Skip to main content

A crucial foundation for early learning

Published on: April 01, 2010

Every day, some children, for the first time in their whole lives, see the door crack open. Beyond is a brilliant world. It is not the world they feel and smell and hear and touch. It is a symbolic world that they can share with the best storytellers, generals, athletes, and poets; with the best scientists, mathematicians, and historians of the past three millennia. It is the pulsating world of computer screens and business contracts and freeway signs and coliseum seating. It is baseball cards and comic strips and backs of cereal boxes. It is Dr. Seuss, Garfield and Spiderman, Charlotte's Web and Harry Potter.

For about 40 percent of our children, the door opens fairly easily. The required brain development and social preconditioning come together smoothly. For another 30 percent to 40 percent of our children, it requires significantly more effort. And for the remaining 20 percent to 30 percent, opening that door may be one of the most difficult tasks of their lives. So difficult, in fact, that many of them never walk through that door. Yet when the door to reading does not open, hundreds of other doors that lead to exciting, financially rewarding, and personally fulfilling worlds also remain shut.

Our schools have been charged with the responsibility of teaching reading - and they do. From the time students enter kindergarten, most of them are able to advance one grade level in reading for every year they attend school. Many students master increasingly complex reading skills in the normal course of instruction, while some students require extra, or remedial, help to master these skills. But the vast majority of students in our schools make annual progress.

The problem is that all children who enter kindergarten do not start with equal experience and skills. Some children start kindergarten nearly two years above what would be expected for a typical 5-year-old. Other children can be up to three years below expectations. This disparity creates a five-year gap between the highest and lowest achieving students that is very likely to continue throughout their school experience. This gap originates in our homes from birth to age 5 and depends largely on the experiences a child receives in the home prior to entry in kindergarten. Children who receive rich language experiences and guided learning from birth to age 5 will be at the maximum level of readiness to participate in the school environment. Children who have few learning experiences will begin school with significantly lower readiness levels. In a report published by the Washington State Superintendent of Public Instruction, it was noted that for children to be successful at the fourth-grade level, they must reach certain benchmarks during their infant, toddler and preschool years. Particularly important are the first two stages, generally considered to be birth to age 3.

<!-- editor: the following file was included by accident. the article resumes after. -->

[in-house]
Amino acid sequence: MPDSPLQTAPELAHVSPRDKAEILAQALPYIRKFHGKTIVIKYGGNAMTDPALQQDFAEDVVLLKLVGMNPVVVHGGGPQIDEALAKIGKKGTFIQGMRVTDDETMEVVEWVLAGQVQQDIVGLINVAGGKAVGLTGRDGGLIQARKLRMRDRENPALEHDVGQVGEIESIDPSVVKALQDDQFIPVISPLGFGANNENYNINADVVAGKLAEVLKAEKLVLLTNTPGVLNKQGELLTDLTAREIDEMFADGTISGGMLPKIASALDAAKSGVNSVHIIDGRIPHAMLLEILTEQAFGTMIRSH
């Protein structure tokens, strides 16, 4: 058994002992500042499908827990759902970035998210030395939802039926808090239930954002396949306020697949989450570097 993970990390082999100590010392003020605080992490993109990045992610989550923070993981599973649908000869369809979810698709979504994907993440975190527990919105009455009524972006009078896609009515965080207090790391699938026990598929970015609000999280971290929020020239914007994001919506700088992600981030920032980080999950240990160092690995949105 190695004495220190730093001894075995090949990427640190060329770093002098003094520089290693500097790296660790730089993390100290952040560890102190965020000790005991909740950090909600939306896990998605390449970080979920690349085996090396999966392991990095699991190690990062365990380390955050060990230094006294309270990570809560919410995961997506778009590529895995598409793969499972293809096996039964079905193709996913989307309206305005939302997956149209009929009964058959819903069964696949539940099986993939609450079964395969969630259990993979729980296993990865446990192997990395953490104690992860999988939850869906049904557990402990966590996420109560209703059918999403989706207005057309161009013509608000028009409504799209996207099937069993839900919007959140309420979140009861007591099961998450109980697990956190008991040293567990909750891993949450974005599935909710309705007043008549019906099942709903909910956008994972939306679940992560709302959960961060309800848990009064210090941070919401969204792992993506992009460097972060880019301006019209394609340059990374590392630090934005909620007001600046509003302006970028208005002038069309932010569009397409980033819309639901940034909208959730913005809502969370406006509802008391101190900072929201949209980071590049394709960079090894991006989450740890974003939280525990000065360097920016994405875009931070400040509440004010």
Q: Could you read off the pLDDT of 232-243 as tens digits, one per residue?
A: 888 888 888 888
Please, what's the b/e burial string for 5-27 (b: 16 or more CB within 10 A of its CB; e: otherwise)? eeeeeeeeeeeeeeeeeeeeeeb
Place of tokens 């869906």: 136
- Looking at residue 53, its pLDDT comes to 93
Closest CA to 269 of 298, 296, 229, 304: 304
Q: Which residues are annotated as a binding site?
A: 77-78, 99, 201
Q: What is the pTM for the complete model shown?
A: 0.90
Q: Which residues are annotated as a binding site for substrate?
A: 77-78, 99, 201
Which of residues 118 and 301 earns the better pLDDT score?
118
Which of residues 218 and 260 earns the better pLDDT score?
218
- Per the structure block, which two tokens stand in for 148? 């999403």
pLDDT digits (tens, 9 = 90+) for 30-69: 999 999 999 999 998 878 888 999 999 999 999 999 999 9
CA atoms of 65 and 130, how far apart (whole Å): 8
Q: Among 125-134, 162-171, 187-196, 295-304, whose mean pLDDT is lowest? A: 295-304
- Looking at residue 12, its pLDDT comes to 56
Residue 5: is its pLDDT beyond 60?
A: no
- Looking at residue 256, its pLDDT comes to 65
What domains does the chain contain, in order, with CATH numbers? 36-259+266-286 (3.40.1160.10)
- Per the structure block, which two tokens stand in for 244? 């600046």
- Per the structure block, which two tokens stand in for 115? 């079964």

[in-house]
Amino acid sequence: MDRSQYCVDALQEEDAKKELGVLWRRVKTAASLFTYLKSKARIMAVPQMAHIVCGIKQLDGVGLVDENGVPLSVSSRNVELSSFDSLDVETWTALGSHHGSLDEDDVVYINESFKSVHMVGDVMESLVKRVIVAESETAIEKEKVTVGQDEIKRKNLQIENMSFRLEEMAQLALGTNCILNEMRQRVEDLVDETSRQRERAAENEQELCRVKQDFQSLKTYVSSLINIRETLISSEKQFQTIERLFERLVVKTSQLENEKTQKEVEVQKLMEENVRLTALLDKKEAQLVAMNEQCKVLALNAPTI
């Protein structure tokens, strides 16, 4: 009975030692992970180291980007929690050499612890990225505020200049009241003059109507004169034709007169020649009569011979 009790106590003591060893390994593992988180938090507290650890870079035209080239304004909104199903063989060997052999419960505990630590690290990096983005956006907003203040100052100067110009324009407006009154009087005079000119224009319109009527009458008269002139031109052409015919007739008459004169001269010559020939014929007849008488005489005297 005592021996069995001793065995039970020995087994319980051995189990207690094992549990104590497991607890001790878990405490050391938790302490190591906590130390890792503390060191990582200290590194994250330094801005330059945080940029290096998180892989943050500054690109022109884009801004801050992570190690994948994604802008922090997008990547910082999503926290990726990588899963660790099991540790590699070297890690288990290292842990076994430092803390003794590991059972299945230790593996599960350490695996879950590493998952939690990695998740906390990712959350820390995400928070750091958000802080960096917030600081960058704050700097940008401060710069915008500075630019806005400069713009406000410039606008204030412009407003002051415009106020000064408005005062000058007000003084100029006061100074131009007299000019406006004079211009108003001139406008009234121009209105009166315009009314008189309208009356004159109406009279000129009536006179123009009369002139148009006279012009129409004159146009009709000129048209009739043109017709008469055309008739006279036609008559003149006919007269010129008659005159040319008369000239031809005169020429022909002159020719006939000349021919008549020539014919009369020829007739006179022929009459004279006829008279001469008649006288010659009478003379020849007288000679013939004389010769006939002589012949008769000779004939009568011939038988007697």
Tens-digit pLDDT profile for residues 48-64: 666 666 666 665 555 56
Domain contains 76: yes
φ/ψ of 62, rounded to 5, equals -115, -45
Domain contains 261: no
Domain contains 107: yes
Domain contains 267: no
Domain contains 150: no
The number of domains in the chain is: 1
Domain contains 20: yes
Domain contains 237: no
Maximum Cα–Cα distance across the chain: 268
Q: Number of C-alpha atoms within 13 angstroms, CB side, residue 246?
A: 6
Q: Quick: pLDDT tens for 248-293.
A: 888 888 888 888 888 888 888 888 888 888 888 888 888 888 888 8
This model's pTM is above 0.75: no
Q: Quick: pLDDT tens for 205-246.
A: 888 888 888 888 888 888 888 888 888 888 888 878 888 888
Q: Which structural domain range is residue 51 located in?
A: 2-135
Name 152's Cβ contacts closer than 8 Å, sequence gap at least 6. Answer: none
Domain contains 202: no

Ideally, any meaningful effort to increase literacy among children prior to entry in school should be a community-wide effort that is led by an organization that has the ability to mobilize local, regional, and national resources and build strong networks of collaborating partners. And the organization must be able to sustain literacy efforts in local communities over a long period of time. Once a critical number of community-based literacy organizations are established in key communities, then additional communities can consistently and successfully replicate operational goals, objectives and plans of action.

The Pierce County Reading Foundation is poised to do this. The "foundation" in our name does not refer to a monetary endowment but to the strength and stability a strong reading foundation gives a child for success in school and life.

Our partners include school districts, libraries, local businesses, human services, community leaders and many others who are interested in a simple message: Read aloud 20 minutes a day with a child. It's the single most important thing you can do to help them succeed in school.

The Pierce County Reading Foundation is a ParentMap Giving Together partner. Its Web site is currently under construction; you can reach Becky Fontaine at

Becky A. Fontaine is the Executive Director of the Pierce County Reading Foundation


Originally published in the April, 2007 print edition of ParentMap.

Share this article with your friends!

Leave a Comment